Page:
14 June 2019
It’s an historic time for China's capital markets. Company shares and bonds have are drawing international attention after being included on global indices for the first time. But how open is China really to investors? Exactly how far down the road to liberalisation does China stand today and what should investors watch for next?
Joining Paras to answer these questions are Lynda Zhou, a Portfolio Manager based in Shanghai, Bryan Collins, Portfolio Manager and Head of Fidelity's Asia fixed income team, and George Efstathopoulos, Portfolio Manager in the Asia multi asset team. With additional contributions from Alex Zhang, Investment Analyst.
Paras Anand This is An Investor's Guide to China, a new podcast from Fidelity International. I'm Paras Anand, Head of Asset Management in Asia Pacific and I'll be taking you deep into China's economy. What makes the country tick, the areas that are most exciting, and the ones to avoid. Fidelity has built up decades of experience in China and each episode I'll bring you Fidelity's portfolio managers, research analysts, and other specialists who cover the market and can share with you their expertise. The past year has been historic for Chinese capital markets. Company shares and bonds have stepped into the international spotlight, included on global indices for the first time. But how open is China really to investors? Exactly how far down the road of liberalisation does China stand today and what should investors watch for next? To help me answer these questions I'm joined by three of Fidelity's China experts. With me in Shanghai is Lynda Zhou, a portfolio manager who's based in the city. Lynda, you're based here but how long have you known Shanghai?
Lynda Zhou I'm actually Shanghainese. I was born and brought up here but I went to Hong Kong to study and further work. And then the last year, it's basically the opening up of the China market that bought me back. So I relocated the whole family back to Shanghai after almost 20 years.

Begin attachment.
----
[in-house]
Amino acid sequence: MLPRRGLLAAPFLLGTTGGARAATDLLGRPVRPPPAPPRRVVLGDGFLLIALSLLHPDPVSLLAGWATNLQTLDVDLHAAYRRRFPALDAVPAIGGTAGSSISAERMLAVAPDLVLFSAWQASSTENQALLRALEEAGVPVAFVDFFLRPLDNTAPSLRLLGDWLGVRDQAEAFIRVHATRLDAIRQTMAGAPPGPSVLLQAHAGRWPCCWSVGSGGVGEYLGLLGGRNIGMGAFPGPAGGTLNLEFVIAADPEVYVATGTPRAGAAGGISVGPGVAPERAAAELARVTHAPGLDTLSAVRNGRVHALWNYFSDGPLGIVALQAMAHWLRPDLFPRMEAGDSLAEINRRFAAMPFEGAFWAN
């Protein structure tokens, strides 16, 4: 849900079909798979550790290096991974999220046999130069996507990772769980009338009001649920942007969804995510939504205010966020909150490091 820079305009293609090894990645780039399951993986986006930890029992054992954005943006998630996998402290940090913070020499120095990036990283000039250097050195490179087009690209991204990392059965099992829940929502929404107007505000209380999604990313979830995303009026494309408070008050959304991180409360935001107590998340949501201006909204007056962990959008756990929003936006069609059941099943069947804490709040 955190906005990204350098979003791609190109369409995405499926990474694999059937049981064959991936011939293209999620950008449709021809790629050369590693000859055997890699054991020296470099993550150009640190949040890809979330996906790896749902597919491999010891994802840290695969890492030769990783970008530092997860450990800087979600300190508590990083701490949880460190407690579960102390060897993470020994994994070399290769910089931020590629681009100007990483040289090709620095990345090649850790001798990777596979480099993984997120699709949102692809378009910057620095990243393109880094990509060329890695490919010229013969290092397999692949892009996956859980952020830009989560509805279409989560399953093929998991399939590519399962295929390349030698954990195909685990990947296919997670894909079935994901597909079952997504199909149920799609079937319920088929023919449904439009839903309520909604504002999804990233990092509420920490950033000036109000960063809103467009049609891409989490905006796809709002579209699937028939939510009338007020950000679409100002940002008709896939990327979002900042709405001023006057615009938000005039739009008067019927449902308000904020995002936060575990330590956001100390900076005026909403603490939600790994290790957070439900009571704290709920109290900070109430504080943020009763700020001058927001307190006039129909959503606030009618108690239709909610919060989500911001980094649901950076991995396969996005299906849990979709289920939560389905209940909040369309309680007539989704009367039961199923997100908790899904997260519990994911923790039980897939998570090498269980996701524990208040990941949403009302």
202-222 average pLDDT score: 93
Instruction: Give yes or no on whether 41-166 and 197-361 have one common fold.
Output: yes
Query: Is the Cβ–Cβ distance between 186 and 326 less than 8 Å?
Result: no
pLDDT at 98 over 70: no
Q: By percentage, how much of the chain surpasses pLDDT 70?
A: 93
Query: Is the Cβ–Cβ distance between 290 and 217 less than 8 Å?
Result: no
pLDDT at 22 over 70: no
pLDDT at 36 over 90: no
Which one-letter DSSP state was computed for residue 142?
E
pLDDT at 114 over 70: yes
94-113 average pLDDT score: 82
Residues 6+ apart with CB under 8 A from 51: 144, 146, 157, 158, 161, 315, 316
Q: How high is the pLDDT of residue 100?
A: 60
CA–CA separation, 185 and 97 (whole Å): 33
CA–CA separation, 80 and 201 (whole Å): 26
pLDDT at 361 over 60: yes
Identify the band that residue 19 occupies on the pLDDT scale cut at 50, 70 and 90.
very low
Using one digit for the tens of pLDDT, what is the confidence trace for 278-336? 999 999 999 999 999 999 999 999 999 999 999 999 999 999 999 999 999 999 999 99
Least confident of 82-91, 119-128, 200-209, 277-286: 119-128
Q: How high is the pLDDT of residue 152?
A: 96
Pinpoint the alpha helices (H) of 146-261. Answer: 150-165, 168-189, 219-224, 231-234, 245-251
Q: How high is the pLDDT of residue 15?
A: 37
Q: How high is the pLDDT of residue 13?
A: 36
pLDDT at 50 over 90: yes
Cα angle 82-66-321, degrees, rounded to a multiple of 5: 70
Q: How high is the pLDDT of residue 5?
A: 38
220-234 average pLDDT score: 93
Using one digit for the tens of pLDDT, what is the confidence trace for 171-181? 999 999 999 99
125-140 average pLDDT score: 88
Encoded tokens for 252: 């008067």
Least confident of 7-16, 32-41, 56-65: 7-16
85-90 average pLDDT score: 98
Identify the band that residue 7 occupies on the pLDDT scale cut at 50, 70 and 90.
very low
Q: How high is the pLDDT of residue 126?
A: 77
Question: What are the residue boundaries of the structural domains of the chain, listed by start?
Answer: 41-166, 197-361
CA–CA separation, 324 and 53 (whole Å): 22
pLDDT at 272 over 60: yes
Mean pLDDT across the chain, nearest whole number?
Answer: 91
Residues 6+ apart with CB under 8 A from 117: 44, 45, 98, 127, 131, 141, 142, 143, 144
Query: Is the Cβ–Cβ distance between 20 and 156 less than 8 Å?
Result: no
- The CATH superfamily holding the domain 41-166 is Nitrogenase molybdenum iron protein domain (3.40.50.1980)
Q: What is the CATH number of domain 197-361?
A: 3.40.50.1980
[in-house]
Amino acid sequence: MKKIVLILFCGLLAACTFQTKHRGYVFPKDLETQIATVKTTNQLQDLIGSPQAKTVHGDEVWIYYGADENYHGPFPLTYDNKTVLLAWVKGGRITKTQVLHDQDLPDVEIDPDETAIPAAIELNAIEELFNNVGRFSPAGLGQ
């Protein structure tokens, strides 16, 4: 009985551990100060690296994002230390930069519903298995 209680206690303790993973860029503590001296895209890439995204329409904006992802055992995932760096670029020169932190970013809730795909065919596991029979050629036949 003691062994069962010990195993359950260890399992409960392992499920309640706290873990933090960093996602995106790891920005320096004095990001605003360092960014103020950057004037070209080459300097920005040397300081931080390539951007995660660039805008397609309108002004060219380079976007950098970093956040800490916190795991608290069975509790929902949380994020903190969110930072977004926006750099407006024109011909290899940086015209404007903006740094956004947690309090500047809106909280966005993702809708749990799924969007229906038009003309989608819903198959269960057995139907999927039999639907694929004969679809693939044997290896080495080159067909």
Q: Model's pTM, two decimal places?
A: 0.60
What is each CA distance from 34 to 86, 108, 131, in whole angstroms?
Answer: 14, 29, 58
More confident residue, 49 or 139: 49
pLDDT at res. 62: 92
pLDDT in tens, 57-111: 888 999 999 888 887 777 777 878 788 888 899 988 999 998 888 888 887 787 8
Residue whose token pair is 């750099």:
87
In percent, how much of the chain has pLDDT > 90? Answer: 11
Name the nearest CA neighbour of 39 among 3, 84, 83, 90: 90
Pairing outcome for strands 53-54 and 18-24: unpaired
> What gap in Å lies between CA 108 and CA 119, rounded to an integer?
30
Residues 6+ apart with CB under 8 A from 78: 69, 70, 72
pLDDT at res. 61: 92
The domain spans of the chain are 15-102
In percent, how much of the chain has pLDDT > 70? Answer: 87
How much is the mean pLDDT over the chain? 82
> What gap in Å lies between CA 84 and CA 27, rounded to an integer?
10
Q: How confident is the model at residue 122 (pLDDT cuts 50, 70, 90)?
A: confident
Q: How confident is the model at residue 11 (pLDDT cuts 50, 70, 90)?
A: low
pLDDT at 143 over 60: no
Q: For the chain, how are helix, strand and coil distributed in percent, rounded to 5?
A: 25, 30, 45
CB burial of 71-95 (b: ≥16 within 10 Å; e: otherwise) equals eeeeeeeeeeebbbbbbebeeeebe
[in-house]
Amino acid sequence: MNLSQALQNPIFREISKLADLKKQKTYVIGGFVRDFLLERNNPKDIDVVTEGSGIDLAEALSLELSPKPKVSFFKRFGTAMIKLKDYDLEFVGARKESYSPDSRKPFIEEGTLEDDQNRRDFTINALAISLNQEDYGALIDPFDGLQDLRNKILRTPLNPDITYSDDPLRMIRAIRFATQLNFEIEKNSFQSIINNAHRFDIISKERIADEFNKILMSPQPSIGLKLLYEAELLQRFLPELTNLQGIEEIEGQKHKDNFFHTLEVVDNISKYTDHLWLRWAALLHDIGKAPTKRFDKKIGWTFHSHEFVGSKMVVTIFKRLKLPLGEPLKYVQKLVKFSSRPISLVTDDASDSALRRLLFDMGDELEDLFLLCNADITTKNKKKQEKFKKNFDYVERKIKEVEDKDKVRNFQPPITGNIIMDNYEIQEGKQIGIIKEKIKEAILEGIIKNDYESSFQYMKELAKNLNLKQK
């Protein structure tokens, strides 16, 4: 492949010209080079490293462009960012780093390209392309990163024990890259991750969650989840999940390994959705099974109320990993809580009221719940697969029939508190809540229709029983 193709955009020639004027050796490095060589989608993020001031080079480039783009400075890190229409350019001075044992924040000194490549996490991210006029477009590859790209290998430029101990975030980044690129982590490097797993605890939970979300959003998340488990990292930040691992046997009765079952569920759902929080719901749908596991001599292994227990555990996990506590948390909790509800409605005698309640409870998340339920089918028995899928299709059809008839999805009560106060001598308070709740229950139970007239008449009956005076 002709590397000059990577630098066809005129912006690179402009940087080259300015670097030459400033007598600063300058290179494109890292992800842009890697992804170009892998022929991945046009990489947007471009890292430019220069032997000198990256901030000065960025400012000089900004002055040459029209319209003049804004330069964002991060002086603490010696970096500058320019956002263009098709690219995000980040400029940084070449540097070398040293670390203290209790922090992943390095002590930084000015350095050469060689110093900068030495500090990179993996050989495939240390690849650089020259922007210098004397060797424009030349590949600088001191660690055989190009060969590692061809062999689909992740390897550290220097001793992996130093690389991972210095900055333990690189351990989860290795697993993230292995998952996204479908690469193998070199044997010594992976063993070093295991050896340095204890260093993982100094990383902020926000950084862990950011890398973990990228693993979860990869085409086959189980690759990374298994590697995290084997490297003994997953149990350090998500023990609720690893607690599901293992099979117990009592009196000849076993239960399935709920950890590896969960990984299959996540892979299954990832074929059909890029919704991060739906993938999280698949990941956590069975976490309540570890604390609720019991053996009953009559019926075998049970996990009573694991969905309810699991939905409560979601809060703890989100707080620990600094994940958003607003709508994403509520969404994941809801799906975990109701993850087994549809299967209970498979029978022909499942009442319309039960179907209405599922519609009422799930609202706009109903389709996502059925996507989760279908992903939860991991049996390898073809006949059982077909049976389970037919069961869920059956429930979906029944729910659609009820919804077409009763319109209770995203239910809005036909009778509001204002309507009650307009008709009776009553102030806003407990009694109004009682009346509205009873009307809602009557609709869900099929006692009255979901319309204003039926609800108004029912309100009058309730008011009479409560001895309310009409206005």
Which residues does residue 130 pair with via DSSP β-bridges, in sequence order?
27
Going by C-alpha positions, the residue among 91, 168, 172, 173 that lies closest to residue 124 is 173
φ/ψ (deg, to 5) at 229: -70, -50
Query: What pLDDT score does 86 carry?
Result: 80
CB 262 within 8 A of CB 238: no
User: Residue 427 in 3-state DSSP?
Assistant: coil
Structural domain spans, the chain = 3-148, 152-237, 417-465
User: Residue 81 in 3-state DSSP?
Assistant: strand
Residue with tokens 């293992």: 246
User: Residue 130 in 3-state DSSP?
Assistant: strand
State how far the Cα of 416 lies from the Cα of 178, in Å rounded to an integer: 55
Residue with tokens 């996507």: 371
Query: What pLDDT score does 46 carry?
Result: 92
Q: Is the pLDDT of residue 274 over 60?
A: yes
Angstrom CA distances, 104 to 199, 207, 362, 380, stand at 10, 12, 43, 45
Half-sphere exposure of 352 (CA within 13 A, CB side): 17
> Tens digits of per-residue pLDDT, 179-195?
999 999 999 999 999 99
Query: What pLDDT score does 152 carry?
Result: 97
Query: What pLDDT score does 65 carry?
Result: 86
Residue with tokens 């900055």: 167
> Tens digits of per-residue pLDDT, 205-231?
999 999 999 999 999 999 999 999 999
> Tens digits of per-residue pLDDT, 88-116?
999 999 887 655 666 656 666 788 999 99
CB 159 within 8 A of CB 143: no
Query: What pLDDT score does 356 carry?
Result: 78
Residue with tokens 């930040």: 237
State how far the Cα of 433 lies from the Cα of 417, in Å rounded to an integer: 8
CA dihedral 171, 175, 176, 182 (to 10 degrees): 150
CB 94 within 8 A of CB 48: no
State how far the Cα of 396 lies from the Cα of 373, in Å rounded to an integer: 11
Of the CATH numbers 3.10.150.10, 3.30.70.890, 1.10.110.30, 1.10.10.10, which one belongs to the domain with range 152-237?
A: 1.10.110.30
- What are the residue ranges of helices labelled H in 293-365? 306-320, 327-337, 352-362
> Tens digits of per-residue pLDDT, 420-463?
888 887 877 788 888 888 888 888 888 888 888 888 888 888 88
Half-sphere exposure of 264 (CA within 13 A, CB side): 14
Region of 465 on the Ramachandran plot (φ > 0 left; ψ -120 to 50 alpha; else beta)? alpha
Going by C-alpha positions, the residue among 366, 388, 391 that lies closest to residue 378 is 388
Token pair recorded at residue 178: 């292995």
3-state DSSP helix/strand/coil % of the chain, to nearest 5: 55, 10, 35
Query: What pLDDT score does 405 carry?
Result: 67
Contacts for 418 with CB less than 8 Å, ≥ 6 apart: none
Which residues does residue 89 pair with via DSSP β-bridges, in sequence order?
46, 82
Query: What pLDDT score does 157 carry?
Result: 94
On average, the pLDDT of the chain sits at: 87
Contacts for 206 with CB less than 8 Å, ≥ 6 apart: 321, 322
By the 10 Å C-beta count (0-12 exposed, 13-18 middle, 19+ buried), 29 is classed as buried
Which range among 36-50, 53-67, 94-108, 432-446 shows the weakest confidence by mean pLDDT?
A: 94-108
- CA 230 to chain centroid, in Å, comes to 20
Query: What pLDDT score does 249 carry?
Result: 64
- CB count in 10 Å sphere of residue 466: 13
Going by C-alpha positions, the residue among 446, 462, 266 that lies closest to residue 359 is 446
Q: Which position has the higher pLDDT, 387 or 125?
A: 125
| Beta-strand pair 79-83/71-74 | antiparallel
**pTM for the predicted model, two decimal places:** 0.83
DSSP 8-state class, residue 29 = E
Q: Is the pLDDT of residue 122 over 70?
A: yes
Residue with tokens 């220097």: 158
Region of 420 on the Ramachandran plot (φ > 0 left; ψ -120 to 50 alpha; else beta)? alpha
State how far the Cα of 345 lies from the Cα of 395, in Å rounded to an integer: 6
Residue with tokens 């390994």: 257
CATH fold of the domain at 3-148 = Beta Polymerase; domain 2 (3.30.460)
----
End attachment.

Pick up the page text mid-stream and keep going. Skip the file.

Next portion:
Paras And joining us from Hong Kong we have Bryan Collins, a portfolio manager and head of our Asia fixed income team. Bryan, how much does China figure in your Asia portfolios?
Bryan Collins China's a significant part of our portfolios directly and indirectly. But you could easily account for half of the exposures that we have and growing, frankly. And, of course, indirectly China has a significant influence on Asia, less the rest of the world.
Paras And also in Hong Kong we have George Efstathopoulos, a portfolio manager in the multi asset team. George, how close are you to the Chinese market?
George Efstathopoulos In recent years we have found ourselves increasingly participating in China across the cap structure whether it is China bonds - sort of CGBs - sort of the saver part of the cap structure. Increasingly, the past year or so, in China high yield and more recently in Chinese equities, as well. So particular important for us in recent years.
Paras Thanks George. And thank you all for joining me today. Lynda, Fidelity’s been in China for a decade and a half and you can see that the Shanghai skyline has changed beyond all recognition in that time. But what about the country's financial markets. Where are we in that journey?
Lynda That's actually a very interesting question for now because we all know that China is still a relatively closed up market. You know we have the capital account is still pretty much closed. The financial markets, just in the past two to three years, the opening up happening… what is really encouraging is in the past one year we do see that speed of opening up actually accelerating quite a lot. It’s probably because it's one of the negotiation conditions of the trade war but we're still very happy to see that process.